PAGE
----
When the function to be integrated has a cylindrical symmetry, it is sensible to change the variables into cylindrical coordinates and then perform integration.

In R^{3} the integration on domains with a circular base can be made by the *passage in cylindrical coordinates *; the transformation of the function is made by the following relation: *(dx dy dz) *differentials in the integral becomes (ρ*d*ρ*d*φ dz).
(See our atom on "Double integral in polar coordinates.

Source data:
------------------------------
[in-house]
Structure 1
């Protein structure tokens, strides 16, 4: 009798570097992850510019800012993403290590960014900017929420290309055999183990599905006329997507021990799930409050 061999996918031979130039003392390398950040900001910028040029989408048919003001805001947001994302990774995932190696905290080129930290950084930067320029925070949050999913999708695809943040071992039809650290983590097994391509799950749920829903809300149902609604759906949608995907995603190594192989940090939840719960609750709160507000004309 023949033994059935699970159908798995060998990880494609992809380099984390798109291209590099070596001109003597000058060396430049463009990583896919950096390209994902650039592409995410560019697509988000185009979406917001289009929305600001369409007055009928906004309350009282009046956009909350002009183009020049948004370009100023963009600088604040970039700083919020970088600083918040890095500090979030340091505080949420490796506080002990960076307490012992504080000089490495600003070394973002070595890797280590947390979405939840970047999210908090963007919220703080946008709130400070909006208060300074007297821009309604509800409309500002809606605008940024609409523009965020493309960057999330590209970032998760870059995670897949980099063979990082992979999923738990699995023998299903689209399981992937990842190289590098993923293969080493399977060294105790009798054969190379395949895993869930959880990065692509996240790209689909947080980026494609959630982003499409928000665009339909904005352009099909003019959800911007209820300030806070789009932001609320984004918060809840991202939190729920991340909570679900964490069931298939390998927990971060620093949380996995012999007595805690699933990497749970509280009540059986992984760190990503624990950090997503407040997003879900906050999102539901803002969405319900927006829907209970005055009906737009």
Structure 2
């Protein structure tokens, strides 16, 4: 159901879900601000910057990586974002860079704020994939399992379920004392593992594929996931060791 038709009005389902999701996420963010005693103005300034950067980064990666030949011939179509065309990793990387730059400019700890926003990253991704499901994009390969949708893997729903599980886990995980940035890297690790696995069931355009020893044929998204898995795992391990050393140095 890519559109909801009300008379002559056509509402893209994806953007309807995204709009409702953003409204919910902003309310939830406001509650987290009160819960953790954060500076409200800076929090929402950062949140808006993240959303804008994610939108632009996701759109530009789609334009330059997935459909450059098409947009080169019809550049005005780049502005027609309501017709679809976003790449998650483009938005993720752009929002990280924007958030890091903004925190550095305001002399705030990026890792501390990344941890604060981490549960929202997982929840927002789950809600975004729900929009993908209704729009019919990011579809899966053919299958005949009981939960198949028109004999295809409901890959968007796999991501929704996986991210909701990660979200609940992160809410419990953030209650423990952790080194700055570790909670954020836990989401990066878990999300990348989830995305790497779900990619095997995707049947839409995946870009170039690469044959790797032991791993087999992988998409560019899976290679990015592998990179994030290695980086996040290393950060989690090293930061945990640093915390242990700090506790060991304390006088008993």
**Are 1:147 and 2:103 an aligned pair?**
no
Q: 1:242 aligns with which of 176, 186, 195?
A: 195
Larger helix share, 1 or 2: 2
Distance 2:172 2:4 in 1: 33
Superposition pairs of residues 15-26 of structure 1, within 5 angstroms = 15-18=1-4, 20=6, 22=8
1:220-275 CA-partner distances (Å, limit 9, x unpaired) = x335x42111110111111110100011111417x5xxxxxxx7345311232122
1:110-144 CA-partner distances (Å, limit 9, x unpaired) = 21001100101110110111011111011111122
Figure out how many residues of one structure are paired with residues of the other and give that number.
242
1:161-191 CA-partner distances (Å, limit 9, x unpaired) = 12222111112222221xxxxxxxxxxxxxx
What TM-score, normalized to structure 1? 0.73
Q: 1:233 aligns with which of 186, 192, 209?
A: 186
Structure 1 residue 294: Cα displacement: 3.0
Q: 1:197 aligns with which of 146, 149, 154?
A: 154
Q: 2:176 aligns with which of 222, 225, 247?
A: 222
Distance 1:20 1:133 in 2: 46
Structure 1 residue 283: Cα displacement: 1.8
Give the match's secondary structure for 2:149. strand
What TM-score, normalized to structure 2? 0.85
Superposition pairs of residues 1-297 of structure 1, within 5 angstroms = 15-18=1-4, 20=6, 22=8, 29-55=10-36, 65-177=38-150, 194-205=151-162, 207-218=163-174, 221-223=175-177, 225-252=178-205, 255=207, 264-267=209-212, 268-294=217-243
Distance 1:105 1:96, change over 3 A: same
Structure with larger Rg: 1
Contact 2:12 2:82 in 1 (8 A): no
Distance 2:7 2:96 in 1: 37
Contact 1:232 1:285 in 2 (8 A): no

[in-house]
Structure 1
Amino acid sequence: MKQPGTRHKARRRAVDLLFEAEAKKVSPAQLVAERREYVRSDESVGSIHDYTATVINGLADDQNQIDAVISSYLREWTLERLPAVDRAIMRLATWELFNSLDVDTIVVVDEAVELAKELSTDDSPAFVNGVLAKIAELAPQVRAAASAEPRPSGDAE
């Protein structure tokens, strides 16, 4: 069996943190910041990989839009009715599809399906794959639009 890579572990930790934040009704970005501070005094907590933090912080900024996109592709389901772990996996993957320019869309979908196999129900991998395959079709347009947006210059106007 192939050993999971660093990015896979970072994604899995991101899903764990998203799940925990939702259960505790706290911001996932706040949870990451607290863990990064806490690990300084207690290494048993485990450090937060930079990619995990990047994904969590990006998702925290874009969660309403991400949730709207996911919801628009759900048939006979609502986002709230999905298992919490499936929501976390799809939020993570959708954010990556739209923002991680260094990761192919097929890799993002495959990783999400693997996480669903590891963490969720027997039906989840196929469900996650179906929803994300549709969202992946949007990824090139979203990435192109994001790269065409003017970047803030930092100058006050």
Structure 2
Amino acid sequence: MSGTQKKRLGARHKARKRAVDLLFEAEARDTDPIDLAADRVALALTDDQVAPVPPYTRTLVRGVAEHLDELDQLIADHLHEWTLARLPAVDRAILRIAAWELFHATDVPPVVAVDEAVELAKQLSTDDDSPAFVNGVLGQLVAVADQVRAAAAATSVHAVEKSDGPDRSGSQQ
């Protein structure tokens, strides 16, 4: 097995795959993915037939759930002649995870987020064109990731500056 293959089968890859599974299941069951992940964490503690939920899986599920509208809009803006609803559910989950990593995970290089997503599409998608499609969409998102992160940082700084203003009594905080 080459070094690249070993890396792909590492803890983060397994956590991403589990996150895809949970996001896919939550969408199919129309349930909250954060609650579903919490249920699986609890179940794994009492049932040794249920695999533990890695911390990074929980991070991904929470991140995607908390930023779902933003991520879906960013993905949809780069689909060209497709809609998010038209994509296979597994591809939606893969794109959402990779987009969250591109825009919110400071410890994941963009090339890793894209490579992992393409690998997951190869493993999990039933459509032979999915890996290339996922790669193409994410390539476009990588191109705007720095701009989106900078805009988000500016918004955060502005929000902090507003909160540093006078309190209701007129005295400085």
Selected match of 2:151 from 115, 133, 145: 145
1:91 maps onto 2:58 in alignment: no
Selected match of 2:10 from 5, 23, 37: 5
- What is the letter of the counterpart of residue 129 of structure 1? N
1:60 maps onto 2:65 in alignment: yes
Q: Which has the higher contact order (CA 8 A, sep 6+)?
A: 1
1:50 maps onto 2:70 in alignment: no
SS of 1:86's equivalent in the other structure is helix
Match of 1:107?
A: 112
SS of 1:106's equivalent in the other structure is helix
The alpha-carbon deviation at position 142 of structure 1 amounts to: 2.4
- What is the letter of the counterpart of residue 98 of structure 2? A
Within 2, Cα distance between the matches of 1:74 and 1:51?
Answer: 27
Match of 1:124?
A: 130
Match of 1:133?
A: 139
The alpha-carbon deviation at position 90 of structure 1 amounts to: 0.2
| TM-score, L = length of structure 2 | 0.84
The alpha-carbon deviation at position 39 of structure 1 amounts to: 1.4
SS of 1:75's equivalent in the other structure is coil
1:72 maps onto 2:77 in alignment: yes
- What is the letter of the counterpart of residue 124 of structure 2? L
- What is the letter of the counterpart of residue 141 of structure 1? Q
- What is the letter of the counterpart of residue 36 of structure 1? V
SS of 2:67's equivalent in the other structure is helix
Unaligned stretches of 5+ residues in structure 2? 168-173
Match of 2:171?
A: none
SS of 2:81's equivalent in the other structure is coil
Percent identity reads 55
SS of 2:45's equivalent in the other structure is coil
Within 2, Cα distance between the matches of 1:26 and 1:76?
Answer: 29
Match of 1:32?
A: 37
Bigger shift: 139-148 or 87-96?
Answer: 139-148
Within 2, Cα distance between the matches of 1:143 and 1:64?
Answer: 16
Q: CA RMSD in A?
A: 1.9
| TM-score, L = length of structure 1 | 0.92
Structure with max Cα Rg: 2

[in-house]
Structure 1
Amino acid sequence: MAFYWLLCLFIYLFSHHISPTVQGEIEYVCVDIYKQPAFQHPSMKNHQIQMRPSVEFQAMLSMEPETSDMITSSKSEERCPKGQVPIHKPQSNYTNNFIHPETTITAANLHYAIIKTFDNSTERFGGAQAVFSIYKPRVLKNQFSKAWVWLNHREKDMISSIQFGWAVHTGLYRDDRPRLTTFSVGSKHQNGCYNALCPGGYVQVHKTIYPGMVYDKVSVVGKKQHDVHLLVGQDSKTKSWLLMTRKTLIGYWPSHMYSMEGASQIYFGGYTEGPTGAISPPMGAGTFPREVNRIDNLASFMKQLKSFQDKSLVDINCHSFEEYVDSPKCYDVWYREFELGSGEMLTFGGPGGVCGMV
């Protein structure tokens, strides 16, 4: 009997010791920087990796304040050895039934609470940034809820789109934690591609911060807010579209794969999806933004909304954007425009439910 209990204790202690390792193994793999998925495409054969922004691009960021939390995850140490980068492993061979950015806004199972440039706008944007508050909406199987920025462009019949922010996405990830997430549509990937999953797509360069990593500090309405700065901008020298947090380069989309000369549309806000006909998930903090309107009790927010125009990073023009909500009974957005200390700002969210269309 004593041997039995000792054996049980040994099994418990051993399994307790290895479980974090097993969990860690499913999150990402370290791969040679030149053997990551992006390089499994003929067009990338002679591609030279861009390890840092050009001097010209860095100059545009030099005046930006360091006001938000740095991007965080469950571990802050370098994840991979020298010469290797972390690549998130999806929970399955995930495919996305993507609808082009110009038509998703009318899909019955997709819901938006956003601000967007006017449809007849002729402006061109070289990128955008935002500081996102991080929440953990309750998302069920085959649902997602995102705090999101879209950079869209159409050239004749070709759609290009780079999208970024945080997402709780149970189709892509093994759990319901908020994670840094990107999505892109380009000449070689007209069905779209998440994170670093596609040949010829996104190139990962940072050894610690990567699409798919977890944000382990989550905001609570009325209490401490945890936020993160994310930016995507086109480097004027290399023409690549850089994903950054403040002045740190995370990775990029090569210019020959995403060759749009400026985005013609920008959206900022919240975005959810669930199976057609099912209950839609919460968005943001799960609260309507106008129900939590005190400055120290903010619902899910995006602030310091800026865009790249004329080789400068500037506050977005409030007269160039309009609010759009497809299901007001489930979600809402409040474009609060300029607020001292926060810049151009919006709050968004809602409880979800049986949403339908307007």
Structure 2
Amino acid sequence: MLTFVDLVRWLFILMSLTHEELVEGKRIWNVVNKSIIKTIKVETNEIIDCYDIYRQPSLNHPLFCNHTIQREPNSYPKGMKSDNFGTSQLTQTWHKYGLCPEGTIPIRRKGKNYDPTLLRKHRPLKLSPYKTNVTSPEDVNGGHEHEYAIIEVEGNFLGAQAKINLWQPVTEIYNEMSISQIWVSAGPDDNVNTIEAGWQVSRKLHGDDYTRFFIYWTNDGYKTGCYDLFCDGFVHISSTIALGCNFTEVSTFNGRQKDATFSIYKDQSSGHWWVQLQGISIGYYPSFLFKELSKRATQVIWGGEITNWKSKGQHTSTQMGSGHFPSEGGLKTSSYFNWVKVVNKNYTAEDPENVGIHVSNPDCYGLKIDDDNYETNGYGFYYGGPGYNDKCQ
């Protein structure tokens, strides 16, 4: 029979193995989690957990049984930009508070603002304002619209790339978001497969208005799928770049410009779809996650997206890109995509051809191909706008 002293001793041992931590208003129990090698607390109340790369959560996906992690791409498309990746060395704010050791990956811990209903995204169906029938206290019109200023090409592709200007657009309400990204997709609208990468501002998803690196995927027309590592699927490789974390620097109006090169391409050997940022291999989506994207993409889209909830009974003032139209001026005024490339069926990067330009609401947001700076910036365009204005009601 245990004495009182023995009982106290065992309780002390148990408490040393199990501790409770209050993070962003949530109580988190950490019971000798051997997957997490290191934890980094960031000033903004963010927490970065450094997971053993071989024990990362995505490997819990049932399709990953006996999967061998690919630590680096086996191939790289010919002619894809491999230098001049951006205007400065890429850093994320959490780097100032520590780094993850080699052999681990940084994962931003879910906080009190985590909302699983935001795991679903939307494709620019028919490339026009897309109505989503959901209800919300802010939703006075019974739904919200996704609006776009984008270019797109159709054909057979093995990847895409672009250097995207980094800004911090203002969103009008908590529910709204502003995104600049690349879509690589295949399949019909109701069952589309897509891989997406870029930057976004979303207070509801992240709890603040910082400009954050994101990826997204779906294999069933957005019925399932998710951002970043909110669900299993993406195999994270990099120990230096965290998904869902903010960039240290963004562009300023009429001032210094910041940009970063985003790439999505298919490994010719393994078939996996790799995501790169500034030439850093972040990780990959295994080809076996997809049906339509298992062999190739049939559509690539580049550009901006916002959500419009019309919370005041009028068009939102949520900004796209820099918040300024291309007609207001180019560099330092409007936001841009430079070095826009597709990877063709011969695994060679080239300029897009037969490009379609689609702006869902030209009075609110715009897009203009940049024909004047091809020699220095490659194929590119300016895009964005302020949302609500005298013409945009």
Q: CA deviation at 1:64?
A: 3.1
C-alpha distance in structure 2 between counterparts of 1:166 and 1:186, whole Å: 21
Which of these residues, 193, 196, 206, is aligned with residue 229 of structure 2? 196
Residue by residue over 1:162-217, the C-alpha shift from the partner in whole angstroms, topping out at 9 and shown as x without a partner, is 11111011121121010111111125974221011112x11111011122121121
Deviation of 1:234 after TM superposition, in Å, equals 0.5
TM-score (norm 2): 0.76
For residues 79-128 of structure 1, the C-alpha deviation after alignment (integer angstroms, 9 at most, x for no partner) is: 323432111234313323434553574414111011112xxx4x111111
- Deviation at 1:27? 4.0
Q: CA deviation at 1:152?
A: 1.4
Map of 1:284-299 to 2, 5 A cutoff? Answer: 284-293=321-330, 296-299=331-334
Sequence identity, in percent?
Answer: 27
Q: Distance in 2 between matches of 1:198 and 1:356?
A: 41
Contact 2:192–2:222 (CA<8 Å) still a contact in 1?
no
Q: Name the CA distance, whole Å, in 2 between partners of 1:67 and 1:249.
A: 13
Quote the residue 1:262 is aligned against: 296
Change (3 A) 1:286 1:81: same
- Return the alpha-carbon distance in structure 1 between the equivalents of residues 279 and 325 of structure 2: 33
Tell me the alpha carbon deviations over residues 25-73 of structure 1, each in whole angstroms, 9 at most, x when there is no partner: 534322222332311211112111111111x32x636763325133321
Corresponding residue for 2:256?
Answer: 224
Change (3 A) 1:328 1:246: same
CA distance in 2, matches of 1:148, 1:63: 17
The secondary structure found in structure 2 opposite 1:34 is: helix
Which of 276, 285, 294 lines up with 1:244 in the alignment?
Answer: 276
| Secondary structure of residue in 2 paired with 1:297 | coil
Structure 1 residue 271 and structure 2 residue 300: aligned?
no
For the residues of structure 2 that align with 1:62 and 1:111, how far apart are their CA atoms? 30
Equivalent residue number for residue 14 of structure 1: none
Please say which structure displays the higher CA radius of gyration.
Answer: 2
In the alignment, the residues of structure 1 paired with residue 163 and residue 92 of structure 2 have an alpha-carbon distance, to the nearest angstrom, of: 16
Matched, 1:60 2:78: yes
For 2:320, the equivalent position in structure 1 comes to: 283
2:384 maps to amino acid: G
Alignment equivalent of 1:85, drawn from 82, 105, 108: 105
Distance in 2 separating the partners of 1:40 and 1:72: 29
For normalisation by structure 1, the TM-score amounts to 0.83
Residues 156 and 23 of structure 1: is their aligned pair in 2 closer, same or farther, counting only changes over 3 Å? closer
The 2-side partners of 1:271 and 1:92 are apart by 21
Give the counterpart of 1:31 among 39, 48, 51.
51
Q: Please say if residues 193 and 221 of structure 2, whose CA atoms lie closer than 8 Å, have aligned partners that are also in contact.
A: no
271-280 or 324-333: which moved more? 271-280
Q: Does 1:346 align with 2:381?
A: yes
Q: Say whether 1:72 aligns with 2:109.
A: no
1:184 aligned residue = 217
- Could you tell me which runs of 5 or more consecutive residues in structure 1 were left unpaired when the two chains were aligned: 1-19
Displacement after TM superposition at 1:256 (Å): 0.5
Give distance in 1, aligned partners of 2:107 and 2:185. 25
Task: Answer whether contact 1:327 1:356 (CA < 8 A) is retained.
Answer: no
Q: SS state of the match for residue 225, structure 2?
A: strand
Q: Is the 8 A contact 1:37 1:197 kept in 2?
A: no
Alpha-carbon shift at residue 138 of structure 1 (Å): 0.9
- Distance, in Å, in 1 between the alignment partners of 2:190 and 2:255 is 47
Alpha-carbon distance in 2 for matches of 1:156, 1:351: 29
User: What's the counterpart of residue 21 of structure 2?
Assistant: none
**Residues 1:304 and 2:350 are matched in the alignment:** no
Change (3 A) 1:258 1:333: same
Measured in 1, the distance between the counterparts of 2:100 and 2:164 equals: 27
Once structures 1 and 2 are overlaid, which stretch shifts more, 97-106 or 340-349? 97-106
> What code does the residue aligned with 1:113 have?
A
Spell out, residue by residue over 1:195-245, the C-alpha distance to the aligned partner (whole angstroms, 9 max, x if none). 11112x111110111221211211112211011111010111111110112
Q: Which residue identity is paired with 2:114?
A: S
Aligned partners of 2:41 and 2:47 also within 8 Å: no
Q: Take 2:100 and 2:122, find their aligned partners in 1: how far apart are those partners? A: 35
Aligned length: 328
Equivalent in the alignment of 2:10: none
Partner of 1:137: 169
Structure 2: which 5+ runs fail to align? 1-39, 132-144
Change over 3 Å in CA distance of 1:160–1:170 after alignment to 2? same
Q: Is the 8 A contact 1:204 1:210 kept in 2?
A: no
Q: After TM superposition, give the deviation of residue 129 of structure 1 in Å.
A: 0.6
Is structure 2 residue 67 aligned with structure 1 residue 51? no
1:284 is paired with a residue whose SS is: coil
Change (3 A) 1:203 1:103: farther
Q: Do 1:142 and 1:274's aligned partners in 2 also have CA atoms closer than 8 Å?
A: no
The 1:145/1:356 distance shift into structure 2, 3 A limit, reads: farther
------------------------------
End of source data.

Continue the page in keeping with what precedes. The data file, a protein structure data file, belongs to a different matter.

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### Examples

1.
The region is *z* component is unvaried during the transformation, the *dx dy dz* differentials vary as in the passage in polar coordinates: therefore, they become *ρ dρ dφ dz*.
Finally, it is possible to apply the final formula to cylindrical coordinates: *z* interval and even transform the circular base and the function.

2. The function *D* in cylindrical coordinates is the following: